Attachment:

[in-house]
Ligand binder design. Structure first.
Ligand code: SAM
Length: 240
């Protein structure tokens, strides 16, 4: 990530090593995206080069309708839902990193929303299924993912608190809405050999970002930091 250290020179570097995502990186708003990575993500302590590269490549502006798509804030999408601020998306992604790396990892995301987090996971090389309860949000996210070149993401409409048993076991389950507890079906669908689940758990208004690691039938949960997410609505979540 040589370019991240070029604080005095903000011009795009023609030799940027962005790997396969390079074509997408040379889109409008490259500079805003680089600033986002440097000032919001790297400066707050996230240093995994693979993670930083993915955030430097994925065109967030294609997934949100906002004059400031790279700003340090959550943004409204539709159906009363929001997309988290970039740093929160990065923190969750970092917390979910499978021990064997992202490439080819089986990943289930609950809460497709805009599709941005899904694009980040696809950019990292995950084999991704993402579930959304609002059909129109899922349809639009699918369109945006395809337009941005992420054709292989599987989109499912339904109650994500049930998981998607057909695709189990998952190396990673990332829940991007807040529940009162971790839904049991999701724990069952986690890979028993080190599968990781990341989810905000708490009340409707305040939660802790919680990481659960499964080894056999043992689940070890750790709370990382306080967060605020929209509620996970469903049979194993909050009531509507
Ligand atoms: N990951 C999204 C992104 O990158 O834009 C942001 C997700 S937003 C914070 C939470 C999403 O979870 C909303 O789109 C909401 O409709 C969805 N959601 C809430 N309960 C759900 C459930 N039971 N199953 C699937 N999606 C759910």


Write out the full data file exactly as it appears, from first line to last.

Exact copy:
[in-house]
Ligand binder design. Structure first.
Ligand code: SAM
Length: 240
């Protein structure tokens, strides 16, 4: 990530090593995206080069309708839902990193929303299924993912608190809405050999970002930091 250290020179570097995502990186708003990575993500302590590269490549502006798509804030999408601020998306992604790396990892995301987090996971090389309860949000996210070149993401409409048993076991389950507890079906669908689940758990208004690691039938949960997410609505979540 040589370019991240070029604080005095903000011009795009023609030799940027962005790997396969390079074509997408040379889109409008490259500079805003680089600033986002440097000032919001790297400066707050996230240093995994693979993670930083993915955030430097994925065109967030294609997934949100906002004059400031790279700003340090959550943004409204539709159906009363929001997309988290970039740093929160990065923190969750970092917390979910499978021990064997992202490439080819089986990943289930609950809460497709805009599709941005899904694009980040696809950019990292995950084999991704993402579930959304609002059909129109899922349809639009699918369109945006395809337009941005992420054709292989599987989109499912339904109650994500049930998981998607057909695709189990998952190396990673990332829940991007807040529940009162971790839904049991999701724990069952986690890979028993080190599968990781990341989810905000708490009340409707305040939660802790919680990481659960499964080894056999043992689940070890750790709370990382306080967060605020929209509620996970469903049979194993909050009531509507
Ligand atoms: N990951 C999204 C992104 O990158 O834009 C942001 C997700 S937003 C914070 C939470 C999403 O979870 C909303 O789109 C909401 O409709 C969805 N959601 C809430 N309960 C759900 C459930 N039971 N199953 C699937 N999606 C759910």